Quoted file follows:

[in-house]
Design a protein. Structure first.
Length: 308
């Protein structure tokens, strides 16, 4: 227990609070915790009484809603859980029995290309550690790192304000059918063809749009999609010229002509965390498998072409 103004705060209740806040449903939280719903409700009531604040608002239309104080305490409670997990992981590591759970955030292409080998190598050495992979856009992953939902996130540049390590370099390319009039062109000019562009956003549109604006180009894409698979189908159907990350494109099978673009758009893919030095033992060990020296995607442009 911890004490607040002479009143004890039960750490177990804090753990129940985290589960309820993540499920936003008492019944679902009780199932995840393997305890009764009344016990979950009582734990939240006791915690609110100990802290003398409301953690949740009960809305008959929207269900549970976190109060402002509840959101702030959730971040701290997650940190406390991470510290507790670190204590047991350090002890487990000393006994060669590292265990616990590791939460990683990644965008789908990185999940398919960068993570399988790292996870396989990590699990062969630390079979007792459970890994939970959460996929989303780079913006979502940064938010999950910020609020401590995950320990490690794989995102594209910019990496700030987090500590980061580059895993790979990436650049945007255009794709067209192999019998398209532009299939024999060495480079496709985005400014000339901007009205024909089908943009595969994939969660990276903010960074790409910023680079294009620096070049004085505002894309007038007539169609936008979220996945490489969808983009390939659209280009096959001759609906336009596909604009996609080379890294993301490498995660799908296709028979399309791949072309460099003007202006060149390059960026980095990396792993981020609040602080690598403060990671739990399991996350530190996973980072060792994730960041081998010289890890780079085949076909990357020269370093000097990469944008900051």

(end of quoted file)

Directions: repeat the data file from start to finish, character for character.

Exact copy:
[in-house]
Design a protein. Structure first.
Length: 308
């Protein structure tokens, strides 16, 4: 227990609070915790009484809603859980029995290309550690790192304000059918063809749009999609010229002509965390498998072409 103004705060209740806040449903939280719903409700009531604040608002239309104080305490409670997990992981590591759970955030292409080998190598050495992979856009992953939902996130540049390590370099390319009039062109000019562009956003549109604006180009894409698979189908159907990350494109099978673009758009893919030095033992060990020296995607442009 911890004490607040002479009143004890039960750490177990804090753990129940985290589960309820993540499920936003008492019944679902009780199932995840393997305890009764009344016990979950009582734990939240006791915690609110100990802290003398409301953690949740009960809305008959929207269900549970976190109060402002509840959101702030959730971040701290997650940190406390991470510290507790670190204590047991350090002890487990000393006994060669590292265990616990590791939460990683990644965008789908990185999940398919960068993570399988790292996870396989990590699990062969630390079979007792459970890994939970959460996929989303780079913006979502940064938010999950910020609020401590995950320990490690794989995102594209910019990496700030987090500590980061580059895993790979990436650049945007255009794709067209192999019998398209532009299939024999060495480079496709985005400014000339901007009205024909089908943009595969994939969660990276903010960074790409910023680079294009620096070049004085505002894309007038007539169609936008979220996945490489969808983009390939659209280009096959001759609906336009596909604009996609080379890294993301490498995660799908296709028979399309791949072309460099003007202006060149390059960026980095990396792993981020609040602080690598403060990671739990399991996350530190996973980072060792994730960041081998010289890890780079085949076909990357020269370093000097990469944008900051």